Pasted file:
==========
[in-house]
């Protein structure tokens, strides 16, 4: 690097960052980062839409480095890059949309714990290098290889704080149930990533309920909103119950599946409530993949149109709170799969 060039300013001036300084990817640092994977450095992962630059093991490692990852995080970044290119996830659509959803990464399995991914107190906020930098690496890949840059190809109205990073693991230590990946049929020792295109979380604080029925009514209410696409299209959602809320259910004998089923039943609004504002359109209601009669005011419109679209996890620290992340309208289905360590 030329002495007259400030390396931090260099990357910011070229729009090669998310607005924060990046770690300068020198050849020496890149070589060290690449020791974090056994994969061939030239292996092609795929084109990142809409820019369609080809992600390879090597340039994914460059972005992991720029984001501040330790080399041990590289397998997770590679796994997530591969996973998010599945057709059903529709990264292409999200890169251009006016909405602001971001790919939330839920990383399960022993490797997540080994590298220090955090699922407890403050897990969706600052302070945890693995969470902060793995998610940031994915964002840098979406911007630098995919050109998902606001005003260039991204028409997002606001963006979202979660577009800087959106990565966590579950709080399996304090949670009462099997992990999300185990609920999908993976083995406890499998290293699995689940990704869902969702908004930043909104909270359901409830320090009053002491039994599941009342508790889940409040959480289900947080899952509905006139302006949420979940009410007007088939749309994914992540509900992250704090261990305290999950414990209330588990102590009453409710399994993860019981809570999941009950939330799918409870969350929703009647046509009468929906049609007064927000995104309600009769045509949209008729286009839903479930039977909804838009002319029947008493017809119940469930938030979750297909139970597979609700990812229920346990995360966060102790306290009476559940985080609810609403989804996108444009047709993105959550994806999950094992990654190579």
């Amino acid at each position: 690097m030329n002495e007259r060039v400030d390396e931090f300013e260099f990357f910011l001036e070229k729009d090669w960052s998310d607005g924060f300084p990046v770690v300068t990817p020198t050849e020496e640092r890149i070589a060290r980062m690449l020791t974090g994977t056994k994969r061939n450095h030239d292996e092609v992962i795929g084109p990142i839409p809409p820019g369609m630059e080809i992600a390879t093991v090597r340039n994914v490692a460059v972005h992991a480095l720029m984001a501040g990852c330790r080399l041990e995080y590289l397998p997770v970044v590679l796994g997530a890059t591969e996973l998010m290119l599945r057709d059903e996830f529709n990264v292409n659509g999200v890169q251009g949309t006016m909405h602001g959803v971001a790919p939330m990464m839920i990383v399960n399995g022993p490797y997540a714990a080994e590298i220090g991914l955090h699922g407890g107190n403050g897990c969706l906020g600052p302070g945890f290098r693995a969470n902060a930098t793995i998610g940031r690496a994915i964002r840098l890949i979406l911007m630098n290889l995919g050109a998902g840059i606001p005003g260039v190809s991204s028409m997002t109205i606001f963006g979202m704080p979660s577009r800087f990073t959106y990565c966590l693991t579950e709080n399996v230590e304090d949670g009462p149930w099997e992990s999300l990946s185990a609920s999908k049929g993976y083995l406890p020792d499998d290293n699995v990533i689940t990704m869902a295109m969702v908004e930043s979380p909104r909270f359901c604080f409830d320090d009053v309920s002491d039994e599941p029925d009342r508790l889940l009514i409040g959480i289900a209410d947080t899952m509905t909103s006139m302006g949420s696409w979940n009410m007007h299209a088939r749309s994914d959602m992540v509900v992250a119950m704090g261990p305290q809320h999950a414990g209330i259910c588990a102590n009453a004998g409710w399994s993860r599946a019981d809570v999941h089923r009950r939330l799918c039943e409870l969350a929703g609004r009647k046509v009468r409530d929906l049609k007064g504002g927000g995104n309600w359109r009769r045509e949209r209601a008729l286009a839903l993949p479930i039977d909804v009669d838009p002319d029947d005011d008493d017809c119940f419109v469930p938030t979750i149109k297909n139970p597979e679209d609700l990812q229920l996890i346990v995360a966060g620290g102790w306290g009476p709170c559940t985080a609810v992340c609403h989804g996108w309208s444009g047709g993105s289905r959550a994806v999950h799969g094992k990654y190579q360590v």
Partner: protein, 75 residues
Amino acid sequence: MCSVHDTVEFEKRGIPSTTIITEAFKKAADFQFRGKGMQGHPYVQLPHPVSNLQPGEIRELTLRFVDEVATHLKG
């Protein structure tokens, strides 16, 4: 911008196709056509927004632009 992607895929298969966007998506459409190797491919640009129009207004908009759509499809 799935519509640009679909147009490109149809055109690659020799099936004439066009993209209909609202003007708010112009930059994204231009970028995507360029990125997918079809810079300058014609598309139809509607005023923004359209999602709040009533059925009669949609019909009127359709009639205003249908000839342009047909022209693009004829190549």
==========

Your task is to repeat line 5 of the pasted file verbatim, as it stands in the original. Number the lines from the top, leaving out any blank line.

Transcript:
Amino acid sequence: MCSVHDTVEFEKRGIPSTTIITEAFKKAADFQFRGKGMQGHPYVQLPHPVSNLQPGEIRELTLRFVDEVATHLKG